FMI Connect: Perspectives On Technology, The Third Wave and People
By Tom O'Reilly / June 2016Events, Insights
During FMI Connect, Steve Case, the founder of America Online who now leads investment firm Revolution LLC, gave his perspective on technology innovation in terms of waves.
Progressive Grocer spotlighted the Q&A discussion between Steve Case and Todd Morris, president of U.S. Catalina. Based on his new book, “The Third Wave: An Entrepreneur’s Vision of the Future” Case said we’re now in the third wave of tech innovation. The first wave was “building the internet,” noting that in 1985, only three percent of people were online. However, by 2000, people couldn’t live without web access.
The second wave was building on the internet, such as apps. The third wave will fully integrate our daily lives online. Case says this requires a “different mindset and playbook.” He pointed out that this current third wave has similar characteristics with the first wave, providing opportunity to learn how to mobilize resources to turn dreams into mainstream reality.
Case expressed the need for successful companies to foster inventive problem-solving. “They need to get out of the mindset of managing and into the mindset of imagining,” he said. Case asserts that the key to further innovation will be strategic partnerships to accelerate the process.
Case concluded by identifying tech trends for the food industry, such as convenience and consumers’ willingness to sacrifice privacy for convenience. Healthy, fresh and natural produce are also priorities, as well as the experience created in the store.
Meanwhile, at the June 21st United Fresh Breakfast Keynote, Craig Boyan, president and COO of San Antonio-based H-E-B, also described three waves in terms of 30-year differences in consumer income.
Progressive Grocer covered the event describing the first wave from 1945 to 1975 with grocery market growth due to consumers’ wage growth. The second wave the following 30 years saw developments with the rise of globalization and technology replacing humans in the labor force. This in turn created a slowdown in median household income growth.
The third wave, beginning in 2008, has begun with negative income growth and increasing consumer debt. With consumers’ income expected to continue to decrease over the period, Boyan predicts a flat to declining grocery industry for the next 30 years.
These factors will lead to consolidation and increased competition among grocers. Boyan highlighted H-E-B’s competitive store openings rising from eight in 2011 to 61 in 2016.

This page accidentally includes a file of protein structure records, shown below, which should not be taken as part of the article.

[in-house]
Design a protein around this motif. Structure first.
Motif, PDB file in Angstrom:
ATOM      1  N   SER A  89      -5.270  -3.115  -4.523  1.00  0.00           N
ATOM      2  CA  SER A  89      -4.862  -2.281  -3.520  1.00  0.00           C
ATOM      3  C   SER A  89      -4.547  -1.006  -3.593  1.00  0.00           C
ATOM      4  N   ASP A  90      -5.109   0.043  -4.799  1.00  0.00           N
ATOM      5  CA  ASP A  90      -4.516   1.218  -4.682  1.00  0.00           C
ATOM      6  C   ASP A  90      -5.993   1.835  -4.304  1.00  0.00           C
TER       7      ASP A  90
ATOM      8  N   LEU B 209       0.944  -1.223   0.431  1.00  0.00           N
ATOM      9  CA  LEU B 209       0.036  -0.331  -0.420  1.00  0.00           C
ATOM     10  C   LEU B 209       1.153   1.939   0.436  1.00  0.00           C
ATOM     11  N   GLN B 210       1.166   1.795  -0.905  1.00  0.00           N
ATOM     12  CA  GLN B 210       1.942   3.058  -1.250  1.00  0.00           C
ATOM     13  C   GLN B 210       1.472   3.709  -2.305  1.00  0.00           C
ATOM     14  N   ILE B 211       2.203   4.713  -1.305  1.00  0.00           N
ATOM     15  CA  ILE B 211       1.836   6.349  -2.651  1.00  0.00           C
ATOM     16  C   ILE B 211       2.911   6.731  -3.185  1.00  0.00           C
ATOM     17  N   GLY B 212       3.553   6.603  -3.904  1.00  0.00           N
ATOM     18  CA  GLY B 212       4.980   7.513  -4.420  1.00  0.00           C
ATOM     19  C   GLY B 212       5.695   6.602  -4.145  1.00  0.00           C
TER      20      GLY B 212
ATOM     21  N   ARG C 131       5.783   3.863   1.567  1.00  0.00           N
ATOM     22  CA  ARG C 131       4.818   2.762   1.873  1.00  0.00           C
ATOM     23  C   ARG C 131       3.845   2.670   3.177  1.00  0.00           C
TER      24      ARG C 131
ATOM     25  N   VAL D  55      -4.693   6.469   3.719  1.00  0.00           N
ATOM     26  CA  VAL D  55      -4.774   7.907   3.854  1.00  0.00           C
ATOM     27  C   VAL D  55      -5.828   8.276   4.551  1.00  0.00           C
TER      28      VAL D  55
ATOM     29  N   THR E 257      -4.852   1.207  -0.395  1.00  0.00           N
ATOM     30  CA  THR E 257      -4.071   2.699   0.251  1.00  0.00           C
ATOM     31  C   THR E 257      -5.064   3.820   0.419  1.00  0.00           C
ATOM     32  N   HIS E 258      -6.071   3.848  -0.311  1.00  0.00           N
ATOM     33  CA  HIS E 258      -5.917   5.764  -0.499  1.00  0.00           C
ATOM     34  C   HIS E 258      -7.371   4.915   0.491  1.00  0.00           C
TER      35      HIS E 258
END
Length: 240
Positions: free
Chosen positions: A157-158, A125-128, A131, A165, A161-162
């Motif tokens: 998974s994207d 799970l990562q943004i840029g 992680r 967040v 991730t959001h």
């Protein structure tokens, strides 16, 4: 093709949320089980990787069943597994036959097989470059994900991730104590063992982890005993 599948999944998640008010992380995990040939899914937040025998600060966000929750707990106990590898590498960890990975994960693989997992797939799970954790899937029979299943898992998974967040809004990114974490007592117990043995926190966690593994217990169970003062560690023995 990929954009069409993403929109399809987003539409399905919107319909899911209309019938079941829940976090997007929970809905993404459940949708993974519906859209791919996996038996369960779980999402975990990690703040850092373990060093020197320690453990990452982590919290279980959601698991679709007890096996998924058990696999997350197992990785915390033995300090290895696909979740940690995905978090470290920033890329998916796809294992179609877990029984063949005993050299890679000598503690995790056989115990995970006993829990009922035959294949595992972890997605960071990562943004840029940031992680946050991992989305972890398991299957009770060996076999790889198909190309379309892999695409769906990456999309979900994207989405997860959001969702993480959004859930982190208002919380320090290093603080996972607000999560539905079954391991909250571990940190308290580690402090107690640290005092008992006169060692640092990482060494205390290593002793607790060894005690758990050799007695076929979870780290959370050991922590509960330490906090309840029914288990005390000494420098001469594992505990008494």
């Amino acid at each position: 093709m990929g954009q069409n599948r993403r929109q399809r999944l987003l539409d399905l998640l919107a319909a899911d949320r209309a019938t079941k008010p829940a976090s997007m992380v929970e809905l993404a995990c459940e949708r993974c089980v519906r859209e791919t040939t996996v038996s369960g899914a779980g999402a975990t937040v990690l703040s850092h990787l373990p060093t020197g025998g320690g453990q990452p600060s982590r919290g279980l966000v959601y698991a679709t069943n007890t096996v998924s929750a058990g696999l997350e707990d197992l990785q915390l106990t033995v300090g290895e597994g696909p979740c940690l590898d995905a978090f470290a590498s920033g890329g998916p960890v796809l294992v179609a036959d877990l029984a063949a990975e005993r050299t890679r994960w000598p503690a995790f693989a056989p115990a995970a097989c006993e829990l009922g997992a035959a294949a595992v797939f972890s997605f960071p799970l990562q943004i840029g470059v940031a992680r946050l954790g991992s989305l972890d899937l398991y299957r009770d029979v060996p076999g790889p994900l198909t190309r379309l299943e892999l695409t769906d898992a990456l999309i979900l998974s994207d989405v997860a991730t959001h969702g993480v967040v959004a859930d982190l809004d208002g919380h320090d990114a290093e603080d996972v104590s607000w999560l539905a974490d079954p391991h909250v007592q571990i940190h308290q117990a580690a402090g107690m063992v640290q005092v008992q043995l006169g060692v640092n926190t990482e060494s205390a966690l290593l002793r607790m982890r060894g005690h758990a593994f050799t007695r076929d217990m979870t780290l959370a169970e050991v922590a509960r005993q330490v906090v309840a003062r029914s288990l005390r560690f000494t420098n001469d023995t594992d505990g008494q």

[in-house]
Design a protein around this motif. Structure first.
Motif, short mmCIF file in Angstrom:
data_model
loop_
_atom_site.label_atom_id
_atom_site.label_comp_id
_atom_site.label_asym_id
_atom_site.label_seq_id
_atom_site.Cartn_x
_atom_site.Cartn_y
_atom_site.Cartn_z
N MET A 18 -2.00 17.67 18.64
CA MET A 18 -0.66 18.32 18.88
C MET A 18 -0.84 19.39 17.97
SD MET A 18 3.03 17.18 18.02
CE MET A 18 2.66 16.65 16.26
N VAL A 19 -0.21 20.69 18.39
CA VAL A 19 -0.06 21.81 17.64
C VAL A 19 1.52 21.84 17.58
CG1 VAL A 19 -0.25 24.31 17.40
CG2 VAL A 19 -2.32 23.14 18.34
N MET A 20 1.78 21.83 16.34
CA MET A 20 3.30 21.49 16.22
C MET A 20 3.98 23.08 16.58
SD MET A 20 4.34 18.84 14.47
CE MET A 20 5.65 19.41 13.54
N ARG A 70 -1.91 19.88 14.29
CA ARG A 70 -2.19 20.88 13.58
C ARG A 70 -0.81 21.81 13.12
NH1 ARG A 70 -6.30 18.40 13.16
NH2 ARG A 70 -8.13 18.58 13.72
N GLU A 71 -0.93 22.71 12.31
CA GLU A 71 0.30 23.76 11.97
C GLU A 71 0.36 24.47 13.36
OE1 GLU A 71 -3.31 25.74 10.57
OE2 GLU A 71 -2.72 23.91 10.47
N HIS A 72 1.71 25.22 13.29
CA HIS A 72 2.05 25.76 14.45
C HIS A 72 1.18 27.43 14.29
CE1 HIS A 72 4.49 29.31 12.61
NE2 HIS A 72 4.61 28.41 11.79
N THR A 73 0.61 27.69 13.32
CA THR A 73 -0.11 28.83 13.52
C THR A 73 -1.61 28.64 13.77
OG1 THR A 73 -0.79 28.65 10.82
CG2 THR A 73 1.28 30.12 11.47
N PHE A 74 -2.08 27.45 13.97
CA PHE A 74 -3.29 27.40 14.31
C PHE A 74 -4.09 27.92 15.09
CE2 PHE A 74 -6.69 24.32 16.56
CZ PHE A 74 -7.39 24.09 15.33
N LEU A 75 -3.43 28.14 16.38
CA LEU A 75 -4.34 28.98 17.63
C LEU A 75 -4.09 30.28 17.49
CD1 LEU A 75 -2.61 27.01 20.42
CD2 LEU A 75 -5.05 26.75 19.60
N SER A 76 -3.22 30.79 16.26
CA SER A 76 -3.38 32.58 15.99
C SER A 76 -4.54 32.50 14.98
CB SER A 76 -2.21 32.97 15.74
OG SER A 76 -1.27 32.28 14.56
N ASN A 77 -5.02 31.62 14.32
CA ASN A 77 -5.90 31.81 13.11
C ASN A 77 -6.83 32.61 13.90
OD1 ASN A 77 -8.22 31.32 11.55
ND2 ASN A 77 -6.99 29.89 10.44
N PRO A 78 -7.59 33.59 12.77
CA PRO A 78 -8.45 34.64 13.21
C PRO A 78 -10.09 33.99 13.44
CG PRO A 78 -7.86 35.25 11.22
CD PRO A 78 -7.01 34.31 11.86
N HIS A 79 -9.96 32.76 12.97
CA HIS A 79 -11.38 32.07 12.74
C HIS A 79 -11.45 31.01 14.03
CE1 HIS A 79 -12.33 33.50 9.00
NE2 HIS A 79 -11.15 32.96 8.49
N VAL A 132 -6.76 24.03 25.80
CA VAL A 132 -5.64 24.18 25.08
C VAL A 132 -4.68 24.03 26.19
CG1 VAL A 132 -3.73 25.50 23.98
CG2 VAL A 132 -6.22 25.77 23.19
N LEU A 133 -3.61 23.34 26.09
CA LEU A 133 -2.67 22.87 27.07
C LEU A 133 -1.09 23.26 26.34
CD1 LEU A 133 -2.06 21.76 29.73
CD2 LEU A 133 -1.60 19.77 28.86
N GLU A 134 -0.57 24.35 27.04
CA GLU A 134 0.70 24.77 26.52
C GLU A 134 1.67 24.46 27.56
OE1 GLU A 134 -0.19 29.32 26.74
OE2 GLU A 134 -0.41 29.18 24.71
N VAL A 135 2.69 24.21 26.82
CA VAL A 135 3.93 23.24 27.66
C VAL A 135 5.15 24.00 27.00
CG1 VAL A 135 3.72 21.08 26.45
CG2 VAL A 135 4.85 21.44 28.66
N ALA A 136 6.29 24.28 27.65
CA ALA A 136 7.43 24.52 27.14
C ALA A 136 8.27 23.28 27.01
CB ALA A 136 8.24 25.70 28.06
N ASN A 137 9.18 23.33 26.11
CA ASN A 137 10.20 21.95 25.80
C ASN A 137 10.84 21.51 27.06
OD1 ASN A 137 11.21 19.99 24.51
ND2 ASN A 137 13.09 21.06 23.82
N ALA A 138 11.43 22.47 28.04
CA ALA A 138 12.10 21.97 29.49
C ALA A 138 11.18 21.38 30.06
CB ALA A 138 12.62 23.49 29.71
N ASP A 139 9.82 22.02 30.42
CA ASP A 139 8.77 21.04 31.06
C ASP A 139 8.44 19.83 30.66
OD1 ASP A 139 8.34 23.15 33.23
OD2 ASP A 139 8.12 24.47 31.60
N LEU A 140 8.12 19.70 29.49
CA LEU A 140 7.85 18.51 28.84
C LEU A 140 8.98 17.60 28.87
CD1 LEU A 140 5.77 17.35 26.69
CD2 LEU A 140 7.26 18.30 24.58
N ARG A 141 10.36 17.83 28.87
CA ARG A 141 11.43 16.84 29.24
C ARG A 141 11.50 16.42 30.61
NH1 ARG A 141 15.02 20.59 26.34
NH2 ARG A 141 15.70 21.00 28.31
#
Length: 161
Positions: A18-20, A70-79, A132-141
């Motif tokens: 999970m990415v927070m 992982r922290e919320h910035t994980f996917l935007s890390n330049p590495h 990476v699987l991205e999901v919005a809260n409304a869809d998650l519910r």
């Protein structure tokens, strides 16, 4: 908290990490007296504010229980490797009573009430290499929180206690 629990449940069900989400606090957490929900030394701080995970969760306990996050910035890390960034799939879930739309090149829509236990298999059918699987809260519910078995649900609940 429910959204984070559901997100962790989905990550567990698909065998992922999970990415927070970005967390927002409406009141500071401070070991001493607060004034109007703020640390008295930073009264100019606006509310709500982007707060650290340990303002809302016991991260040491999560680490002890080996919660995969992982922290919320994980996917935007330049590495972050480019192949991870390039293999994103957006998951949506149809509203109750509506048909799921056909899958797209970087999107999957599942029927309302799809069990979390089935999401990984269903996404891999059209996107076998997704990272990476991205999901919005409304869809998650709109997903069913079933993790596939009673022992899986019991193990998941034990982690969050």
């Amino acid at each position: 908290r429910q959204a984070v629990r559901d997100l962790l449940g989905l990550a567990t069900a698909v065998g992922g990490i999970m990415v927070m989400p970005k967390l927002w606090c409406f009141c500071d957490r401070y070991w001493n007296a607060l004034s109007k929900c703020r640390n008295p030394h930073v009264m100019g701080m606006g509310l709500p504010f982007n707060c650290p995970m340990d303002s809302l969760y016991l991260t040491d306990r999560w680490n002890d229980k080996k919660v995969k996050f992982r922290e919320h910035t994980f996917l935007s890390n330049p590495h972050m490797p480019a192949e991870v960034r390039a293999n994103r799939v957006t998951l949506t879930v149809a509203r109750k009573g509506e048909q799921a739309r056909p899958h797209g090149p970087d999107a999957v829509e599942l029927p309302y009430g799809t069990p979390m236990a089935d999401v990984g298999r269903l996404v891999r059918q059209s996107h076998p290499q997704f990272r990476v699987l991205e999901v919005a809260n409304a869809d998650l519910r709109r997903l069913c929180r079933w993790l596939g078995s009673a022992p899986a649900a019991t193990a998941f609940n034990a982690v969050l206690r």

Other vital areas Boylan outlined for grocers to address:
- Sales – With the past decade’s inflation and deflation, it’s been proven that the grocery industry is not recession-proof.
- Changing consumers – Food marketers need to start focusing on Millennials as the Baby Boomers start using other options to purchase meals.
- Shift from grocery to foodservice – Consumers are now spending more at restaurants compared to grocery stores for the first time ever.
- e-Commerce – Although only three percent of groceries sold are purchased online currently, Boyan warns the trend will continue towards online. Food marketers need to develop the right business model and manage the economics of such popular trends as free delivery.
- Food safety – Boyan referenced Chipotle’s recent food safety woes saying, “When one industry or company makes a mistake, we all pay for it.”
- Health and wellness – As an industry, food marketers must address the issues of health. Boyan pointed out that U.S. consumers with diabetes are expected to double over the next few years, including one-third of children at risk of contracting the disease. He also underscored the increase in daily calorie intake from 3,000 calories 30 years ago to 4,000 calories today, which contributes to the obesity epidemic and the rise in cancer-related deaths.
- People – Boyan was critical of hourly wages declining almost every year for 30 years and the need for grocers to invest in people. He encourages food marketers to take care of employees as a way to reduce full-time turnover. Higher retention rates and hiring the right people empowers grocers to sell products.
In both sessions, there was an emphasis on investing in people – grocers’ team members – to stabilize businesses, increase innovations and continue the forward-looking focus of the food marketing industry.
We wholeheartedly concur with Steve Case’s assertion that rapid innovation can be better achieved with strategic partnerships. That’s the reason we aligned with dunnhumby for a comprehensive solution to facilitate the complex promotions management process. Our partnership is not only an investment in technology it’s a commitment to our team members as we continuously innovate to keep our customers ahead of their competitors.
If you weren’t able to attend FMI Connect this year, please contact an Aptaris representative to learn more about the latest industry trends and news.